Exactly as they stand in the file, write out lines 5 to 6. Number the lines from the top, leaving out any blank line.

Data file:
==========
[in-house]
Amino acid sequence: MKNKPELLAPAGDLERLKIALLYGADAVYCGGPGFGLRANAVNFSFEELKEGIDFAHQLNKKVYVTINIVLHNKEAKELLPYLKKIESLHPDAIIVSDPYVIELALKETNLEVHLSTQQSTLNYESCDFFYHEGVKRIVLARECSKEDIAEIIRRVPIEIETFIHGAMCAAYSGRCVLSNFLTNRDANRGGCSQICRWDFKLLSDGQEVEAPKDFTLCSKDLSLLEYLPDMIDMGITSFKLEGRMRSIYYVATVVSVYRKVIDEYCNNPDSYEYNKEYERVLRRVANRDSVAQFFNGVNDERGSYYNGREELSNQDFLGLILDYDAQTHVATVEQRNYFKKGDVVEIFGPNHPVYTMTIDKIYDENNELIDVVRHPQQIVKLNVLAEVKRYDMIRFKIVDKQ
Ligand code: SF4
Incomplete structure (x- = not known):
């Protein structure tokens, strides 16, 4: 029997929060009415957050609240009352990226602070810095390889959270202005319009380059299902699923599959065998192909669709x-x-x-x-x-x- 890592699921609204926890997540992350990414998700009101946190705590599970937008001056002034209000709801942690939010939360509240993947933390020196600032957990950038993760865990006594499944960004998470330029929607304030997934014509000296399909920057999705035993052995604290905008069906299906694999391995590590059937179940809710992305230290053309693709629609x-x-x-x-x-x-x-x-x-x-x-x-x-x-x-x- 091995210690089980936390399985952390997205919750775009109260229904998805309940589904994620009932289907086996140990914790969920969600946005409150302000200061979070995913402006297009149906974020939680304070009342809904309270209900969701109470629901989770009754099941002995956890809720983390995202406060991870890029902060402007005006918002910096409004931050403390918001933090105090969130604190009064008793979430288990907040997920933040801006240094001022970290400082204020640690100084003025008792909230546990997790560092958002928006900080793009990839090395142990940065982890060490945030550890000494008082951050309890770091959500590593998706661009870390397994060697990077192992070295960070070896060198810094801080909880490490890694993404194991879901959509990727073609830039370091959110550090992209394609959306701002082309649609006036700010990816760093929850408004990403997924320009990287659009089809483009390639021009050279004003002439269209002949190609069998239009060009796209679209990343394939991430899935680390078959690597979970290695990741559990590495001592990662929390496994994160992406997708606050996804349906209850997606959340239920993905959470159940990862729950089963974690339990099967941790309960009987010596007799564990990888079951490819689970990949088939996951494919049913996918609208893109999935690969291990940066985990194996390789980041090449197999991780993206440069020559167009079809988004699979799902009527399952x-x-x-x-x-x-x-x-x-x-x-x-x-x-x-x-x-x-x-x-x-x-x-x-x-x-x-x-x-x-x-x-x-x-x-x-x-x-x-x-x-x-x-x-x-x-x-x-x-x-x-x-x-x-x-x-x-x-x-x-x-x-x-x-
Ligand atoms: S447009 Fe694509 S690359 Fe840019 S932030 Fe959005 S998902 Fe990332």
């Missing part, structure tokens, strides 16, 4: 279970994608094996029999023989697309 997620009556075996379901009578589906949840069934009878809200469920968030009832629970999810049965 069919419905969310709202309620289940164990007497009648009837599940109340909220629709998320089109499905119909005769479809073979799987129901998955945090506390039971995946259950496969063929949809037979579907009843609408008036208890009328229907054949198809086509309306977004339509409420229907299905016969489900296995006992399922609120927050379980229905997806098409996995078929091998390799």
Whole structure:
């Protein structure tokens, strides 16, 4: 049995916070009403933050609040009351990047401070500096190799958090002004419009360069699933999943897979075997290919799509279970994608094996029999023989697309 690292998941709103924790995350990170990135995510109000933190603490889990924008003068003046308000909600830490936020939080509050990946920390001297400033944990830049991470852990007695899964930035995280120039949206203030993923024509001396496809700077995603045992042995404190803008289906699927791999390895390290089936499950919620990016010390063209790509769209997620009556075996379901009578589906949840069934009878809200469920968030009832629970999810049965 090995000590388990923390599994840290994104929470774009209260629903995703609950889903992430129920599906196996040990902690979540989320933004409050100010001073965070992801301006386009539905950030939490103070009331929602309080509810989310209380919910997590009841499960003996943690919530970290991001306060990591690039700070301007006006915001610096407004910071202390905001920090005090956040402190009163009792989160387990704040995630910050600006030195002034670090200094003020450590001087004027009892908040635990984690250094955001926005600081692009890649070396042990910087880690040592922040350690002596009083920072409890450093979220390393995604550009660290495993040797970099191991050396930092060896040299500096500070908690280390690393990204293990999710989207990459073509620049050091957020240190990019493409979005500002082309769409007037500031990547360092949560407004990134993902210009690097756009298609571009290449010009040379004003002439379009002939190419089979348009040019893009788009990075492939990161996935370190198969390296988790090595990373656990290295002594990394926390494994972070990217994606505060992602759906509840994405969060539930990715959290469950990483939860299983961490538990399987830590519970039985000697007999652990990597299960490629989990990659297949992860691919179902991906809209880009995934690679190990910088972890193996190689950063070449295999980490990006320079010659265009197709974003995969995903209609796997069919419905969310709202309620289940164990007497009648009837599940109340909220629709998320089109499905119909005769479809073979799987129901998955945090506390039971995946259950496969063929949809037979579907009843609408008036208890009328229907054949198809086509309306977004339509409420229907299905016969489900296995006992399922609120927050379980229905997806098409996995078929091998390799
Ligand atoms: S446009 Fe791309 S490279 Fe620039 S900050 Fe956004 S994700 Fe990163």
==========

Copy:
């Protein structure tokens, strides 16, 4: 029997929060009415957050609240009352990226602070810095390889959270202005319009380059299902699923599959065998192909669709x-x-x-x-x-x- 890592699921609204926890997540992350990414998700009101946190705590599970937008001056002034209000709801942690939010939360509240993947933390020196600032957990950038993760865990006594499944960004998470330029929607304030997934014509000296399909920057999705035993052995604290905008069906299906694999391995590590059937179940809710992305230290053309693709629609x-x-x-x-x-x-x-x-x-x-x-x-x-x-x-x- 091995210690089980936390399985952390997205919750775009109260229904998805309940589904994620009932289907086996140990914790969920969600946005409150302000200061979070995913402006297009149906974020939680304070009342809904309270209900969701109470629901989770009754099941002995956890809720983390995202406060991870890029902060402007005006918002910096409004931050403390918001933090105090969130604190009064008793979430288990907040997920933040801006240094001022970290400082204020640690100084003025008792909230546990997790560092958002928006900080793009990839090395142990940065982890060490945030550890000494008082951050309890770091959500590593998706661009870390397994060697990077192992070295960070070896060198810094801080909880490490890694993404194991879901959509990727073609830039370091959110550090992209394609959306701002082309649609006036700010990816760093929850408004990403997924320009990287659009089809483009390639021009050279004003002439269209002949190609069998239009060009796209679209990343394939991430899935680390078959690597979970290695990741559990590495001592990662929390496994994160992406997708606050996804349906209850997606959340239920993905959470159940990862729950089963974690339990099967941790309960009987010596007799564990990888079951490819689970990949088939996951494919049913996918609208893109999935690969291990940066985990194996390789980041090449197999991780993206440069020559167009079809988004699979799902009527399952x-x-x-x-x-x-x-x-x-x-x-x-x-x-x-x-x-x-x-x-x-x-x-x-x-x-x-x-x-x-x-x-x-x-x-x-x-x-x-x-x-x-x-x-x-x-x-x-x-x-x-x-x-x-x-x-x-x-x-x-x-x-x-x-
Ligand atoms: S447009 Fe694509 S690359 Fe840019 S932030 Fe959005 S998902 Fe990332």